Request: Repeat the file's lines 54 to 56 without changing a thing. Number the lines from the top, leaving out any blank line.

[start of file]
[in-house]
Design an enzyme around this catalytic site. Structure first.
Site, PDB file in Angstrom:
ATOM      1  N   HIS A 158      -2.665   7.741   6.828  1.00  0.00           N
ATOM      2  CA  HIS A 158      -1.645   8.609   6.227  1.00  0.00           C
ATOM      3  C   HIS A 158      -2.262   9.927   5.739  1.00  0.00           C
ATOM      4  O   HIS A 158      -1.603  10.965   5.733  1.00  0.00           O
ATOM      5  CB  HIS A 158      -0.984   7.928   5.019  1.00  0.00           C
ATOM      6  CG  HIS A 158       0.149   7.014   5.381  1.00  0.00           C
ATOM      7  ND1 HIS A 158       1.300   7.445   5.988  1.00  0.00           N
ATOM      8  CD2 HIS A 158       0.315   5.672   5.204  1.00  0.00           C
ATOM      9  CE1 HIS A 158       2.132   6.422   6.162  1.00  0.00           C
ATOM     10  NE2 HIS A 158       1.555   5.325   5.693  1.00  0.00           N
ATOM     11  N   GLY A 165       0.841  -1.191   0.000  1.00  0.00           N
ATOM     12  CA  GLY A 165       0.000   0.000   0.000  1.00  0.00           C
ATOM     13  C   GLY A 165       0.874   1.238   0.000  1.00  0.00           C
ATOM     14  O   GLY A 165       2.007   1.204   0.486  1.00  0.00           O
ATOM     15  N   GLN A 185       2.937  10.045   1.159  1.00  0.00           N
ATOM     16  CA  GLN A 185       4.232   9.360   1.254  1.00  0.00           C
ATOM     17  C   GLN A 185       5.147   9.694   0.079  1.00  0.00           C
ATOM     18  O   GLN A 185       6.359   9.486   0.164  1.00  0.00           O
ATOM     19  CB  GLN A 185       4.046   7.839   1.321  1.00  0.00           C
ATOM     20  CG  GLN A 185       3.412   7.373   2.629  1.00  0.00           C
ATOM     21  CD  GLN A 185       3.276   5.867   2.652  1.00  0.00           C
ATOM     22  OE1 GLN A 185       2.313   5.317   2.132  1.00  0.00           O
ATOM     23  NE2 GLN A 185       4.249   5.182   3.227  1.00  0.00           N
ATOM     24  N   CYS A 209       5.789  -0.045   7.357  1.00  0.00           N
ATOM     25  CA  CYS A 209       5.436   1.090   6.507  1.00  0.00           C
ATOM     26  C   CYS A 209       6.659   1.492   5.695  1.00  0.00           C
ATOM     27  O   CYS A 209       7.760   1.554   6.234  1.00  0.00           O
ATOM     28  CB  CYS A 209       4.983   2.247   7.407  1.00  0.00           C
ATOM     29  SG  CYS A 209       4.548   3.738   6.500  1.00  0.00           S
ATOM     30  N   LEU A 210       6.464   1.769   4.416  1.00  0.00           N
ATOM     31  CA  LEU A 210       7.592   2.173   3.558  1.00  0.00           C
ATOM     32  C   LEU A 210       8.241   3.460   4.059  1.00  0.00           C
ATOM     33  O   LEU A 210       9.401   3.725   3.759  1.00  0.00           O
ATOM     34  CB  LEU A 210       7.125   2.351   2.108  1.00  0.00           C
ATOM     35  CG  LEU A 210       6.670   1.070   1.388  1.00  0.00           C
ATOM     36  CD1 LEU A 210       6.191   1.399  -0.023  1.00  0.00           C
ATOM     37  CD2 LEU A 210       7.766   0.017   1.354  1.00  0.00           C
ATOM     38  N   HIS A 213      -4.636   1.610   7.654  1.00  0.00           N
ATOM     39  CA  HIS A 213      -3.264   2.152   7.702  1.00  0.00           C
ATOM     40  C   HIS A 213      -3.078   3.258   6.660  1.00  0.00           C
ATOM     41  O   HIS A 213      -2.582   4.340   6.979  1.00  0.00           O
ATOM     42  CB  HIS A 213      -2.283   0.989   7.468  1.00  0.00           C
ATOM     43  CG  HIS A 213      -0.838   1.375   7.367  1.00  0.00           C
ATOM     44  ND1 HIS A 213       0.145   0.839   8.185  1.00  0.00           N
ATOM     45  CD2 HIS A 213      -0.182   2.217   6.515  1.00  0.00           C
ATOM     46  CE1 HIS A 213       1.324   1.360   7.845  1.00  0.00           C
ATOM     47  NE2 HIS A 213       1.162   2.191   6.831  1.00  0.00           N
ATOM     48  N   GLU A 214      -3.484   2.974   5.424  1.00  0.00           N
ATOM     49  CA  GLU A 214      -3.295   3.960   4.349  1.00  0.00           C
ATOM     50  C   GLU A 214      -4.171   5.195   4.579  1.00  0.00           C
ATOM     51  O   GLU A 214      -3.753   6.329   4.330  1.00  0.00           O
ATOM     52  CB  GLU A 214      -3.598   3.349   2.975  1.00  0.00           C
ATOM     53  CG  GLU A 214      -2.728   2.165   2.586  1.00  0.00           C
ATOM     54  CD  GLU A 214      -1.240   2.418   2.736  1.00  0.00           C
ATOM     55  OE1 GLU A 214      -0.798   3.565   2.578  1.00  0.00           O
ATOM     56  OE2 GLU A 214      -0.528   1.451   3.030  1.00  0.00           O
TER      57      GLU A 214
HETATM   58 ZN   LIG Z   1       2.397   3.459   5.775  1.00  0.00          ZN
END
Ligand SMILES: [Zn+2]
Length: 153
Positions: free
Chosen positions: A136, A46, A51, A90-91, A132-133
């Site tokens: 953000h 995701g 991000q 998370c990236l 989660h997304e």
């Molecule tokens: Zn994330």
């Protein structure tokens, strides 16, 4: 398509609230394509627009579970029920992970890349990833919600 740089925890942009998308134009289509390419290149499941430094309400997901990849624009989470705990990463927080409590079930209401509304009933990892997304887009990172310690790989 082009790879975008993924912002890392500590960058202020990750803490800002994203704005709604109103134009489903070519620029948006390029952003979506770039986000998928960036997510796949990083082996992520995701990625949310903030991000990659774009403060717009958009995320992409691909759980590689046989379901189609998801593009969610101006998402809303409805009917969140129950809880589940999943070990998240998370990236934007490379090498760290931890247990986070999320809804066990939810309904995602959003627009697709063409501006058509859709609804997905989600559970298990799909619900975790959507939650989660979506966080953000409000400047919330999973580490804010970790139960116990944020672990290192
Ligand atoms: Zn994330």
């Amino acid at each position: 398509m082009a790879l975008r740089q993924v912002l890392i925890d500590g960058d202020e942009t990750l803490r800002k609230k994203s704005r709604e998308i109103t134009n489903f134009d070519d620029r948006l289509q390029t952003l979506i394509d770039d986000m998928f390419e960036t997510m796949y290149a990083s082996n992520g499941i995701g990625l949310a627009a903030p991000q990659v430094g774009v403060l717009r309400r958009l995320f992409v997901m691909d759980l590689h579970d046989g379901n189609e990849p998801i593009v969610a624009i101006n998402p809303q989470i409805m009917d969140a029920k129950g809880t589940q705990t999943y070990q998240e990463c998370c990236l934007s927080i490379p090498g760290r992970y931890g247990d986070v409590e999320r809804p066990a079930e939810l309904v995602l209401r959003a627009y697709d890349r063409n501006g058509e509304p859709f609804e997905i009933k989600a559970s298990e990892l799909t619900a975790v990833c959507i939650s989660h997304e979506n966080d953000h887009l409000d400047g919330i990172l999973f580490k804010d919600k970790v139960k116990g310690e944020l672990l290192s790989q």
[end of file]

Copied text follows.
ATOM     51  O   GLU A 214      -3.753   6.329   4.330  1.00  0.00           O
ATOM     52  CB  GLU A 214      -3.598   3.349   2.975  1.00  0.00           C
ATOM     53  CG  GLU A 214      -2.728   2.165   2.586  1.00  0.00           C